Animals and Immunizations
All mouse experiments were carried out in specific pathogen-free conditions. 6–8 week old female BALB/c mice were obtained from Harlan, UK, or Charles River Laboratories, UK. Fc-receptor common γ-chain deficient mice ,  on a BALB/c background (FcRγ−/−) were provided from the Queen’s Medical Centre, Nottingham, UK and bred at the Wellcome Trust Centre for Human Genetics, Oxford, UK. Genotype was confirmed using DNA extracted from tissue samples and the Expand High Fidelity PCR Kit (Roche Diagnostics, UK) and previously described reaction conditions and primers (http://jaxmice.jax.org/strain/002847.html) except that a final concentration of 4 mM MgCl2 was used. Experiments in New Zealand white rabbits were carried out at Spring Valley Laboratories, USA.
All vaccines were formulated in endotoxin free PBS and given intramuscularly (i.m.) or intradermally (i.d.) in a total volume of 50 µL (25 µL/leg or ear) to mice and 100 µL (50 µL/leg) to rabbits. There was an eight-week interval between prime and boost vaccinations.
Isolation of Cells
Mouse spleens were mechanically homogenized in PBS, passed through a 70 µm cell strainer and erythrocytes were removed by re-suspension of cells in ACK lysis buffer for 5 min. The reaction was stopped with PBS, then cells were centrifuged and re-suspended in complete MEM (10% Foetal Calf Serum, Pen/Strep, L-glutamine and 2-Mercaptoethanol). For isolation of PBMC, 7–10 drops of blood were collected from the tail vein into 200 µL 10 mM EDTA in PBS. Erythrocytes were removed by incubation with ACK lysis buffer and cells were re-suspended in complete MEM.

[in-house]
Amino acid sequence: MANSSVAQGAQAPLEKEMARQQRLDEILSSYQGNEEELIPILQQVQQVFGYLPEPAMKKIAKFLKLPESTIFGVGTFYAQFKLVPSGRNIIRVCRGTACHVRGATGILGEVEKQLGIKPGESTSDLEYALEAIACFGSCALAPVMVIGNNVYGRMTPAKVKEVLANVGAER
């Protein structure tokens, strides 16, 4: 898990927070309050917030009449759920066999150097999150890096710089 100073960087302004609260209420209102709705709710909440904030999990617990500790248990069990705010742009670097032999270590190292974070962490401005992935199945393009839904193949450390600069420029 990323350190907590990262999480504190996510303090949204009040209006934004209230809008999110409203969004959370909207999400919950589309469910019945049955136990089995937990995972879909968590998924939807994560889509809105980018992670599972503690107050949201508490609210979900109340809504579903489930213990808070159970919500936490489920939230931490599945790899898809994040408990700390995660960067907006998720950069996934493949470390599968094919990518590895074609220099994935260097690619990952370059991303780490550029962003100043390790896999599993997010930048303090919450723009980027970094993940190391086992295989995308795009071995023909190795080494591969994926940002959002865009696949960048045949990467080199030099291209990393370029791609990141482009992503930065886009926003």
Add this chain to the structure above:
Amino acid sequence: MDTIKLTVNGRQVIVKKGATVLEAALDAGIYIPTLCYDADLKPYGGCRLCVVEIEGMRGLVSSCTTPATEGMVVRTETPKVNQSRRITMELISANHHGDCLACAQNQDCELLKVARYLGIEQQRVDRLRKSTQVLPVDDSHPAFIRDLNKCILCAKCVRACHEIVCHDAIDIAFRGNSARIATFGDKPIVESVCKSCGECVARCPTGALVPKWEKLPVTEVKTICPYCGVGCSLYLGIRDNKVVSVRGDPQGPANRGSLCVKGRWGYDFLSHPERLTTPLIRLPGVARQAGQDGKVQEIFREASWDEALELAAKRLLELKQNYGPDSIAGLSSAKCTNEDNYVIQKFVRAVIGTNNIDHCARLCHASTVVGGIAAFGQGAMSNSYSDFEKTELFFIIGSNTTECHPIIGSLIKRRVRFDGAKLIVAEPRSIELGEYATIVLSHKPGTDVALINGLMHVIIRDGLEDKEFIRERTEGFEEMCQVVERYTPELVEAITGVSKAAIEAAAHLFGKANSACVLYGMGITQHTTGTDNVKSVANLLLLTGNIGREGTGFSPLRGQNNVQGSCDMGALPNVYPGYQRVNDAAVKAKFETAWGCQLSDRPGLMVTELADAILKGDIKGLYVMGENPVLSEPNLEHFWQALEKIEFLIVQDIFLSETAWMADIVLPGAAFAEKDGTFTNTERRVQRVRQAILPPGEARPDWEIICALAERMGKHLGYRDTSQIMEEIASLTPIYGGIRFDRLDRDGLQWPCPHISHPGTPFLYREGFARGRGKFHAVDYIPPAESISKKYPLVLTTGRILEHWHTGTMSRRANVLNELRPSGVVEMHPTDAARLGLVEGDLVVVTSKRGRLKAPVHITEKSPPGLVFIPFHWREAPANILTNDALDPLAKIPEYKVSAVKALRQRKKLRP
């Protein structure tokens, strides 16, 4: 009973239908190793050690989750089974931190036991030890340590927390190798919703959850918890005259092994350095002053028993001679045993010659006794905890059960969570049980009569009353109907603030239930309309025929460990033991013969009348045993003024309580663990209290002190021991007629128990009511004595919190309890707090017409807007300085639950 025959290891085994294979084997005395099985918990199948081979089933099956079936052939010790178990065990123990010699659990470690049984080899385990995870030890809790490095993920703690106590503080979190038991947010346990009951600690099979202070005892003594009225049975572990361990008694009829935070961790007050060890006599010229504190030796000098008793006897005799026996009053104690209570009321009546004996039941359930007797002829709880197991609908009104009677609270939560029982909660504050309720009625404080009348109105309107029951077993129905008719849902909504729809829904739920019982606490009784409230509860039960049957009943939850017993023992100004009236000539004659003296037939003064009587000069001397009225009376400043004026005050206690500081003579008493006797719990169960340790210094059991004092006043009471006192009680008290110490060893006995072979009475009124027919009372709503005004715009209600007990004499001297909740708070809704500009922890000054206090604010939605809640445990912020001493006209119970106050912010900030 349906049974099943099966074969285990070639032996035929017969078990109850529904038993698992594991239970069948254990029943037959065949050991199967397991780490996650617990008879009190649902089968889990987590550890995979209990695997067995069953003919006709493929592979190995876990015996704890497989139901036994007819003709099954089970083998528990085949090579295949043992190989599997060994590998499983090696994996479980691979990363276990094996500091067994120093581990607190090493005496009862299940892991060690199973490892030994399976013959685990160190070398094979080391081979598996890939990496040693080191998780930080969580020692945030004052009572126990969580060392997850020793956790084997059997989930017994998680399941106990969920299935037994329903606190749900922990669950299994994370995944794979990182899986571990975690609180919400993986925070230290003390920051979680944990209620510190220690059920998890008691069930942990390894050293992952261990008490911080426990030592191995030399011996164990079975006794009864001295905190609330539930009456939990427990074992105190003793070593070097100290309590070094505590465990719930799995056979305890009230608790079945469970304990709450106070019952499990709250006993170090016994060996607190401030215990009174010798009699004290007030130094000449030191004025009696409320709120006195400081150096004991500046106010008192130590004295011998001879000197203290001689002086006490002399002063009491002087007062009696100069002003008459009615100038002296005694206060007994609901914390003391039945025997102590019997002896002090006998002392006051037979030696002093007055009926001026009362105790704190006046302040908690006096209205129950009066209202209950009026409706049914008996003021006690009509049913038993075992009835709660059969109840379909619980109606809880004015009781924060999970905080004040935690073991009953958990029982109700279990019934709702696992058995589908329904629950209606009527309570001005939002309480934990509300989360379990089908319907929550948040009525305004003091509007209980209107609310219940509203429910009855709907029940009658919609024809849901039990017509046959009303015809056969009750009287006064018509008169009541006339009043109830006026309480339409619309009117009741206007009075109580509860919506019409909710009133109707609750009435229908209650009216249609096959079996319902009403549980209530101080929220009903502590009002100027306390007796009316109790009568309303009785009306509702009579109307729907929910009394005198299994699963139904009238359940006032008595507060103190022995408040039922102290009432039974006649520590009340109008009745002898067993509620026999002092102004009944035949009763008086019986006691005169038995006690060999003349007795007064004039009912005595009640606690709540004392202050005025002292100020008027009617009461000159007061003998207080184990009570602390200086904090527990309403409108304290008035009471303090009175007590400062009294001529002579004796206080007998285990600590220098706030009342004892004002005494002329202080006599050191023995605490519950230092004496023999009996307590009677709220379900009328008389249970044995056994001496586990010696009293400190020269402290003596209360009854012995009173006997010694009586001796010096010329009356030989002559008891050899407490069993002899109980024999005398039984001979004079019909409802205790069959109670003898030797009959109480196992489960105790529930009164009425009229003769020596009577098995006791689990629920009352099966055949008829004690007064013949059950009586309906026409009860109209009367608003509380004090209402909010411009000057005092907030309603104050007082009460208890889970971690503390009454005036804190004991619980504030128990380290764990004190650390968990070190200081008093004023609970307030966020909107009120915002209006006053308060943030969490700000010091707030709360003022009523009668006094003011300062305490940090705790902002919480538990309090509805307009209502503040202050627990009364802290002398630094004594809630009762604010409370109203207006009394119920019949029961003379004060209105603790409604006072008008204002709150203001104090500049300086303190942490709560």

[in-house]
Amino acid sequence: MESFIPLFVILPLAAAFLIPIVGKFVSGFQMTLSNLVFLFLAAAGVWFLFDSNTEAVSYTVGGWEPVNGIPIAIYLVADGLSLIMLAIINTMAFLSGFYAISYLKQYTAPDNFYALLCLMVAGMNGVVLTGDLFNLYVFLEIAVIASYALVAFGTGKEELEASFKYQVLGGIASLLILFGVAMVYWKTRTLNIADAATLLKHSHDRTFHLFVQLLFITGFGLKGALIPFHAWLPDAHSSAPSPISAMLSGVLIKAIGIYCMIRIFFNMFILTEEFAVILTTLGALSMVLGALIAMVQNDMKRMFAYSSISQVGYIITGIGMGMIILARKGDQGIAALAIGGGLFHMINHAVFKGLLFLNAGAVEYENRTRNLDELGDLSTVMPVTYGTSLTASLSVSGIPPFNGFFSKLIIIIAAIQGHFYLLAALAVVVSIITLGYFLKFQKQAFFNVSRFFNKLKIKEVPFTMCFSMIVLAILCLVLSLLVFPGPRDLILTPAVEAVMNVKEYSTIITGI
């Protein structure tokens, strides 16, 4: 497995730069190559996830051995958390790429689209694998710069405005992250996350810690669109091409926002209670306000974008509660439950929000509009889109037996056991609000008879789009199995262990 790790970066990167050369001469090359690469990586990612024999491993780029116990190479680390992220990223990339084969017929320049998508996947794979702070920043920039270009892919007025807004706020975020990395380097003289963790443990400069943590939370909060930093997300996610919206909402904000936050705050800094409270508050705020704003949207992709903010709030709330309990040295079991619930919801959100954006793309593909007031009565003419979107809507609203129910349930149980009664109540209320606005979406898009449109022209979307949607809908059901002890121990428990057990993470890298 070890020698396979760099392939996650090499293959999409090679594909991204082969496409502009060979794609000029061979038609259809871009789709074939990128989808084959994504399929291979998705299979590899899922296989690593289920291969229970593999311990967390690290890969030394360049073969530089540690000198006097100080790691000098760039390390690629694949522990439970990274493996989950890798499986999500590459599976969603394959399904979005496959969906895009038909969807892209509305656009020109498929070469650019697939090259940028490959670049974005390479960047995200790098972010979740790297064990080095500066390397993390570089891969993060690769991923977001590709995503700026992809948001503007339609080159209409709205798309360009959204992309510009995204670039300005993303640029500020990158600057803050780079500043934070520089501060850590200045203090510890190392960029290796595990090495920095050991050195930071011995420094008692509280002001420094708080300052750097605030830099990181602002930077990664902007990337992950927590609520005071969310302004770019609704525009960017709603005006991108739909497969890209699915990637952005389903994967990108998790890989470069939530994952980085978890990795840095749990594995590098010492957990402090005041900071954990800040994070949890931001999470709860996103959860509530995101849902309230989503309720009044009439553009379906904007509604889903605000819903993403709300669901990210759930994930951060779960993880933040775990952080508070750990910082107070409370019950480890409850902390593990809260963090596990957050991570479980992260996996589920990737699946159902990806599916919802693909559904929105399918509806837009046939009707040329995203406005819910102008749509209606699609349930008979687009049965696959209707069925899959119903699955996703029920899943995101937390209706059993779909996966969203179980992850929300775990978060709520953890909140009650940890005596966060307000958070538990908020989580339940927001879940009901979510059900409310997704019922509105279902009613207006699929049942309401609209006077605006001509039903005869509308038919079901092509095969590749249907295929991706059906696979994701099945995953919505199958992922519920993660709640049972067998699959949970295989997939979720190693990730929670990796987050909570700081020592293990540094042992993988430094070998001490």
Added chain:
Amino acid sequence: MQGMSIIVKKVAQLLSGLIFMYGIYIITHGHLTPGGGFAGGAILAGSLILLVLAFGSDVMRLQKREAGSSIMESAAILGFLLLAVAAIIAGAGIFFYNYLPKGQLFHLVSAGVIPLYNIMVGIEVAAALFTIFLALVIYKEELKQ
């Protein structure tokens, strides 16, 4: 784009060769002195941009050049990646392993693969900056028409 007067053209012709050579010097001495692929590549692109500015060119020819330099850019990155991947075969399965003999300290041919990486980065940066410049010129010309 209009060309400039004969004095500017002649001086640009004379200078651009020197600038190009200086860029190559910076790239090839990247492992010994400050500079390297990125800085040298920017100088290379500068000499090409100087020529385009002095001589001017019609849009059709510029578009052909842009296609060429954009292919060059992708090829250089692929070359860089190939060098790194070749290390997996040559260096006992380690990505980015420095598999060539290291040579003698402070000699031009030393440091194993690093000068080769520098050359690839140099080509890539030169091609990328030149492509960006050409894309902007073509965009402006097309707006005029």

PyMSP1 responses were measured using a pool of 55 peptides spanning the entire length of PyMSP133 , , . These were each 15 amino acids (αα) long and overlapped by 10αα. PfAMA1 responses were measured following stimulation with a pool of three PfAMA1 peptides, which include one H2d CD8+ T cell (KYVKNLDELTLCSRH) and two H-2d CD4+ T cell epitopes (VFGKGIIIENSKTTF and NKKIIAPRIFISDDK). Antigen-specific responses against P. falciparum MSP133 (Wellcome strain) following PfM128 immunization were measured using the two overlapping peptides encoding a known H-2d CD8+ T cell epitope (NKEKRDKFLSSYNYI and DKFLSSYNYIKDSID) .
Multi-parameter Flow Cytometry
Splenocytes or PBMC were incubated for 5 h at 37°C in the presence of 1∶1000 GolgiPlug (Brefeldin A) and 1 µg/mL of each peptide or peptide pool. Samples were then stored at 4°C overnight. Cells were centrifuged, re-suspended in 1∶100 Fc-block (anti-CD32/CD16) and incubated for 15 min, washed once in PBS and then incubated for 30 min with 1∶100 anti-CD4 PacificBlue or APC-Alexa750 (Clone GK1.5) and anti-CD8 PerCP-Cy5.5 or PacificBlue (Clone 53–6.7) in PBS. Cells were then washed twice in PBS and then permeabilized by incubation with Cytofix/Cytoperm for 15 min. The reaction was stopped by addition of PermWash, cells were washed in PermWash and then incubated for 30 min with anti-IFN-γ APC or PE (clone XMG1.2), anti-TNFα FITC or APC (clone MP6-XP22) and anti-IL-2 PE or FITC (clone JES6–54), all diluted 1∶100 in PermWash. Finally cells were washed twice in PermWash then re-suspended in PBS and samples were run on a CyAN ADP flow cytometer (Dako, UK). Data were analyzed using Flowjo v8.8.7. The gating strategy used is shown in Figure S2. For multi-functional analysis, boolean gates were used and data presented using Pestle v1.6.2 and SPICE v 5.1 . Background responses in un-stimulated cells were subtracted from stimulated responses prior to analysis.
Ex vivo IFN-γ ELISPOT